They say laughter is the best medicine, and it definitely can help us feel better. Laughter creates a feeling of lightness and changes the energy within us to one of positivity, strength and motivation. Why not put on your favourite comedy, pick up a cartoon book or listen to a comedy podcast? There are also a number of free laughter yoga classes available online. Dr. Madan Kataria, for example, offers a free laughter yoga club every Sunday, Tuesday and Thursday morning and evening.  

6. Surprise someone with a gift

Who doesn’t like a surprise gift? Put your creative skills to work by making personal gifts for loved ones and mailing or dropping them off (keeping a safe distance). There are many great websites to help get those creative juices flowing. Pinterest and are a few websites that can inspire ideas such as framed puzzles, personalized ornaments, a collage or a scrapbook of old photos that have long been collecting dust in a cardboard box.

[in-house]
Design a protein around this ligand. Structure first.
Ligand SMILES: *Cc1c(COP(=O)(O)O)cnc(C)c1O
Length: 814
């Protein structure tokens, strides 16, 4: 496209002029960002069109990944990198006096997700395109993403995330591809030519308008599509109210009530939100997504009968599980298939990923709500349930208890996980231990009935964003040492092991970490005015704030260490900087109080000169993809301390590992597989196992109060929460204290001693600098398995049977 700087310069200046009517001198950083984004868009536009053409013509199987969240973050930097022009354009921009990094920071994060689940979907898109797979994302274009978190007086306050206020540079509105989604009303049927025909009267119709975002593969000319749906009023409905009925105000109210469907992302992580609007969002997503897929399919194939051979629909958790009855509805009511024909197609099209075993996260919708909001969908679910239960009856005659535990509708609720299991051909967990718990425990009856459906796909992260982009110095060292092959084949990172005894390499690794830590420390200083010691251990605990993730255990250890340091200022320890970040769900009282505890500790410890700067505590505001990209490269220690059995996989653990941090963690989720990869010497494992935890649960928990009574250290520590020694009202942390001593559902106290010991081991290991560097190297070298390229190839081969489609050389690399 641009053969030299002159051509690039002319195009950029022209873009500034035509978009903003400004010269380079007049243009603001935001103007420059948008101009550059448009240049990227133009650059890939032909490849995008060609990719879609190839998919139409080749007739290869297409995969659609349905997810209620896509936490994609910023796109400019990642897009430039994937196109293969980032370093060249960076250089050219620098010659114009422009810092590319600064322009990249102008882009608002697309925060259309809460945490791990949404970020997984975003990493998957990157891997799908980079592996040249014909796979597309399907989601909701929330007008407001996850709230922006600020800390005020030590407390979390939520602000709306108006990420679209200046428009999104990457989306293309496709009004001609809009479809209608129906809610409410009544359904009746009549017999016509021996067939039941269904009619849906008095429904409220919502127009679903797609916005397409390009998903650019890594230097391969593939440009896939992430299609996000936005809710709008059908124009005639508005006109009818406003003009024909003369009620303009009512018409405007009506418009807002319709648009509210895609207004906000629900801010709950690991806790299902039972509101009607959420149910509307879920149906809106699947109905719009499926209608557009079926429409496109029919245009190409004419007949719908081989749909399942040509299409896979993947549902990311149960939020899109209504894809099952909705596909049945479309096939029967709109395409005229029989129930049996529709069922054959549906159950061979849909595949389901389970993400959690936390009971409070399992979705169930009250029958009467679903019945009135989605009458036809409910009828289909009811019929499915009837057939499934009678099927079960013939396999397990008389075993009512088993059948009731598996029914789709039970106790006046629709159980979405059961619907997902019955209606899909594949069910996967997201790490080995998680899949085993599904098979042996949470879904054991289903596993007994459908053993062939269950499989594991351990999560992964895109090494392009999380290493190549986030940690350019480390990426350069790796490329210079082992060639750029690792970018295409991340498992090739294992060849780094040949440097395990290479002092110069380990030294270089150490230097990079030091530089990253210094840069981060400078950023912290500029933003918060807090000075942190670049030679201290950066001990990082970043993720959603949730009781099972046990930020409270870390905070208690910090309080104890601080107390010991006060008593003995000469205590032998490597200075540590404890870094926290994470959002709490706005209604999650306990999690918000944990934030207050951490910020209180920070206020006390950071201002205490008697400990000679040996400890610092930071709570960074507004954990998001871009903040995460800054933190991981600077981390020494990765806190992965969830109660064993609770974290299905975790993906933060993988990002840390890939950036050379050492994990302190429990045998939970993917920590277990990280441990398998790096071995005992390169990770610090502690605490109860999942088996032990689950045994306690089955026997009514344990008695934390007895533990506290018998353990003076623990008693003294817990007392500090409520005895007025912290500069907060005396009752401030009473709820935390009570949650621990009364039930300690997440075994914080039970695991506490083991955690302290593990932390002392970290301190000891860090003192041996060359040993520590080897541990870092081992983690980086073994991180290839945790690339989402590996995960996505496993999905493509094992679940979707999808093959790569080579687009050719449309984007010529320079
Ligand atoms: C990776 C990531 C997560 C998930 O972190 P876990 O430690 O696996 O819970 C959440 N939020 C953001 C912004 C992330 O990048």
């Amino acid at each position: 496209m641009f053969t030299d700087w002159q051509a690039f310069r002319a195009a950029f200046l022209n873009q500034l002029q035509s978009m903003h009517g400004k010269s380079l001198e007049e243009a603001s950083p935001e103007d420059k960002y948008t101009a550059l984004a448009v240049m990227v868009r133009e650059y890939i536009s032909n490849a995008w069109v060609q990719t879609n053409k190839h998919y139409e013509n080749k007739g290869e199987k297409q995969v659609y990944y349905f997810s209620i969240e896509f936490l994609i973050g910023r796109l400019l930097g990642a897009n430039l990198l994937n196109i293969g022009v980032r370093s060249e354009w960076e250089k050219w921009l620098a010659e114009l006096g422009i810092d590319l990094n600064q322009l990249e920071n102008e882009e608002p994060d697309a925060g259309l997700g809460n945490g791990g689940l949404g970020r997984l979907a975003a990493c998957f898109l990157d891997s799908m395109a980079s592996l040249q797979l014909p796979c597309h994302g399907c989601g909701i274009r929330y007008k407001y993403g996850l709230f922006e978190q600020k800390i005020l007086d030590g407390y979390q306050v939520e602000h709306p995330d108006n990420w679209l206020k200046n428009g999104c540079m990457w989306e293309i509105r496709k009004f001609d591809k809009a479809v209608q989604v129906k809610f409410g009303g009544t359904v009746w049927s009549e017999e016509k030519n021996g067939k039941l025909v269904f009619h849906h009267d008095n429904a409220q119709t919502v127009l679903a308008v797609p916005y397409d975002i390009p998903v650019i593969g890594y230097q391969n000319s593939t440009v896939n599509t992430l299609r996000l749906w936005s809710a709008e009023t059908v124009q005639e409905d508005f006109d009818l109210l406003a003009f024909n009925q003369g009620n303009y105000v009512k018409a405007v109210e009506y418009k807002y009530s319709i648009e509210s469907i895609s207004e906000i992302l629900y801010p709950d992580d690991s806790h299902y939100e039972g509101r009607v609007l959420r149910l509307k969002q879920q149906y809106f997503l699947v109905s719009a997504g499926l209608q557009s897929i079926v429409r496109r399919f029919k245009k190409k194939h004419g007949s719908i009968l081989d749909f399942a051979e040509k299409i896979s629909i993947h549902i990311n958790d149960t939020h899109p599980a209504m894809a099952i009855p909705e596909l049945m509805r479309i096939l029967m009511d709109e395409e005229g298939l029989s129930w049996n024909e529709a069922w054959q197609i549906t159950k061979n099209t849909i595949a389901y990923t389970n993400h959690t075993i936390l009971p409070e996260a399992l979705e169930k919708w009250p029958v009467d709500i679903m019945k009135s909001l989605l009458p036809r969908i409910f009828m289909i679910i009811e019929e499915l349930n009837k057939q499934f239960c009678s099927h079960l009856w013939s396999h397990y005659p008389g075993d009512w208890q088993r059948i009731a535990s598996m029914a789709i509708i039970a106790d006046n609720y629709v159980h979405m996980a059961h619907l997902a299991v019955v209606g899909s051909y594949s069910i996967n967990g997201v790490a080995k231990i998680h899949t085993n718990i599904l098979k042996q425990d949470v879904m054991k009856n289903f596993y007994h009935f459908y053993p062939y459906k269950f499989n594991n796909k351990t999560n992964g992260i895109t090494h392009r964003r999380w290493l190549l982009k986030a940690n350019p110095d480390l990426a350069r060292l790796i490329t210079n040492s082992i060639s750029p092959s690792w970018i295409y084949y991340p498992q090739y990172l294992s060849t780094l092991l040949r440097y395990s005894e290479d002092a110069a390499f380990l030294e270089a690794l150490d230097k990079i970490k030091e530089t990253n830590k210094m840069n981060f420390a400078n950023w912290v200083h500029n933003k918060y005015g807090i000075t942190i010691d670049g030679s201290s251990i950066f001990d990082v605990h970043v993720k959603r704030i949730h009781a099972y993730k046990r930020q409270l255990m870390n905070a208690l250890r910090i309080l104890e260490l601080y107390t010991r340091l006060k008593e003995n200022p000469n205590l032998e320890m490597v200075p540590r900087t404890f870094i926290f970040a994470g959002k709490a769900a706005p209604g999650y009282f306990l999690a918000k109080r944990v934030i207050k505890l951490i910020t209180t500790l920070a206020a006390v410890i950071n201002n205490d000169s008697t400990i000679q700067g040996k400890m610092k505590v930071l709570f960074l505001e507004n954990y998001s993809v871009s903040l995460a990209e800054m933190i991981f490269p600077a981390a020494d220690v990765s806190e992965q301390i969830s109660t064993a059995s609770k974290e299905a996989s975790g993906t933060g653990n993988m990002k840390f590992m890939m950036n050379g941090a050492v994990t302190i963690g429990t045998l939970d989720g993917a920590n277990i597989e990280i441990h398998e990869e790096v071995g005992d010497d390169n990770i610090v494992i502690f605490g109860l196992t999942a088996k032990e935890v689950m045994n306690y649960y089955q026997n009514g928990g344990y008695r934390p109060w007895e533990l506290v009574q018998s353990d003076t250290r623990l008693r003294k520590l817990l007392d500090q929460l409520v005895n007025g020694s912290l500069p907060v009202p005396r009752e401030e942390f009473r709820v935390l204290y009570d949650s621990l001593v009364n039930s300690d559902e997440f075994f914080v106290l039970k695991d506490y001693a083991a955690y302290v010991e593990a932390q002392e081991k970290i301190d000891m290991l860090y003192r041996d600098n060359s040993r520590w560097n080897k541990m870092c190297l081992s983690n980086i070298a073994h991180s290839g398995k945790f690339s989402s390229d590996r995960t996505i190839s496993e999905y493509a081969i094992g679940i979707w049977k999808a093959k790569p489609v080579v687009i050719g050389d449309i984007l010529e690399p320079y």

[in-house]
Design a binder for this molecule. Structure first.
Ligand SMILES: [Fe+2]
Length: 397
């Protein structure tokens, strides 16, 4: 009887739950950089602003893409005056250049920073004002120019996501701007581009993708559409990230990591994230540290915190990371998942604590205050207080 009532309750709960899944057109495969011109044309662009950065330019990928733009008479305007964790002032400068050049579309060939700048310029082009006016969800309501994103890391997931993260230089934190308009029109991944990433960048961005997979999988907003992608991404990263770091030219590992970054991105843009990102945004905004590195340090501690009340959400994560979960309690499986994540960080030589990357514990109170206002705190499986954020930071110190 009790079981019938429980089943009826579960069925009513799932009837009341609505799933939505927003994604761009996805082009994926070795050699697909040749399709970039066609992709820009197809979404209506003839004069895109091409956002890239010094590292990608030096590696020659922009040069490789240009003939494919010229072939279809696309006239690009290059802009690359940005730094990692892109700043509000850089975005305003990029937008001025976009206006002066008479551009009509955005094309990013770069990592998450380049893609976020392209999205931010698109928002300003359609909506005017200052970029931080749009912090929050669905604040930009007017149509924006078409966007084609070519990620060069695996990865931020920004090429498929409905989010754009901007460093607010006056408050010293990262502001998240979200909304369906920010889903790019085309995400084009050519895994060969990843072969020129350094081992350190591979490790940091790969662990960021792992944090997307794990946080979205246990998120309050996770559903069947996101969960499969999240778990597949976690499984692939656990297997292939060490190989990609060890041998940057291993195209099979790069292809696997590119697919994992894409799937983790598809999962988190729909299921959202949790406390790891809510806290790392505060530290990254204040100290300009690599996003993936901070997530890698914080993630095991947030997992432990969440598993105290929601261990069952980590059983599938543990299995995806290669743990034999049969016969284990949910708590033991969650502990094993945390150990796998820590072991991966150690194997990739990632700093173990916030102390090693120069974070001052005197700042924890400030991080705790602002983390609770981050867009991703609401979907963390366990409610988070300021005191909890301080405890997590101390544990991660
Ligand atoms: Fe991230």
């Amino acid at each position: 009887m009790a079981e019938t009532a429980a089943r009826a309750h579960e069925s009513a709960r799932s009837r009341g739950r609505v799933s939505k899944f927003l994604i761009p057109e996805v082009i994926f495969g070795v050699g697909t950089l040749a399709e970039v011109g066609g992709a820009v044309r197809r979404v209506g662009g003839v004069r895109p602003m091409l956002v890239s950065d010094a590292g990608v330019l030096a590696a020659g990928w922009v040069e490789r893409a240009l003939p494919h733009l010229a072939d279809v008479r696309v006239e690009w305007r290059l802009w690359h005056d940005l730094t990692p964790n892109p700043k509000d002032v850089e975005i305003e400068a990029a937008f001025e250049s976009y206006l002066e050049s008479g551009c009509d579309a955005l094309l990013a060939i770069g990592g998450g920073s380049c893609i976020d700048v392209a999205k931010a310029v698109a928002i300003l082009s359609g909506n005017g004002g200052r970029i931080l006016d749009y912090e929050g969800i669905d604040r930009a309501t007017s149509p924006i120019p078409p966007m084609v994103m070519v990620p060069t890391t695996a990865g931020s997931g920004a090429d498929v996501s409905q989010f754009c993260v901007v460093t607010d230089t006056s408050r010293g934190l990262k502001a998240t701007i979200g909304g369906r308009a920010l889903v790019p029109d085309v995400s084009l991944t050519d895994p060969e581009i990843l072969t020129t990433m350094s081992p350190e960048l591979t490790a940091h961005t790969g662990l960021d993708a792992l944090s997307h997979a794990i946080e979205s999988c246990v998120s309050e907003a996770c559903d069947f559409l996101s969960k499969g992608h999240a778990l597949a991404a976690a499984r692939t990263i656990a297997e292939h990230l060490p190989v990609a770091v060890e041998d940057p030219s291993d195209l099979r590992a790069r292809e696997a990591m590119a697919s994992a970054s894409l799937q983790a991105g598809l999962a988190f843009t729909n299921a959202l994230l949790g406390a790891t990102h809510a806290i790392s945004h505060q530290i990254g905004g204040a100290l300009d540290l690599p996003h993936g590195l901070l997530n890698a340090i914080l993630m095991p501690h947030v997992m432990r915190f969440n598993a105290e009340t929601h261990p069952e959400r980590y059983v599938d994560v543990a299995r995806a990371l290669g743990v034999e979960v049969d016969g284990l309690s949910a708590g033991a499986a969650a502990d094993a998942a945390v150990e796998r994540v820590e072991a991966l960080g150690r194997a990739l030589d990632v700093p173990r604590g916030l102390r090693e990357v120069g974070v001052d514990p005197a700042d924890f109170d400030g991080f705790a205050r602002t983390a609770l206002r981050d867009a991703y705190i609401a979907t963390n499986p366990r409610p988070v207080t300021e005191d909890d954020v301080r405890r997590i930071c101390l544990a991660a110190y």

To minimize contact, you could also think about virtual gifts such as compiling old photos into a video or slideshow for your loved ones. Many computers and smart phones come with built-in photo and video editing programs, such as Windows Photo and Video Editor, or Mac Photos, that allow you to add titles and music. Or create a personalized star chart for your loved one by entering a date of significance in Sky and Telescope Magazine’s Interactive Star Chart. By pressing the print button, you can save the chart as a PDF file and email it or print it out yourself. Creativity can boost your mental, emotional and intellectual health!

7. Practice gratitude

There has been much talk in the media lately about the practice of gratitude, but what does that really mean? Gratitude is a practice, but it must be practiced consistently. The practice of gratitude is simply shifting your mindset from a negative, energy-draining place, focusing on events you cannot control and that will ultimately bring you down, to a more positive, energy-centred place. When you have more positive energy resonating through your mind and body, it feels good. This helps with motivation and creates a domino effect. Positive energy creates positive outcomes.  It’s as simple as that. Gratitude journaling is a tangible way to recognize all the positives in our lives. This can be done by writing down the good things that happened that day, or all the good things that we have in our lives.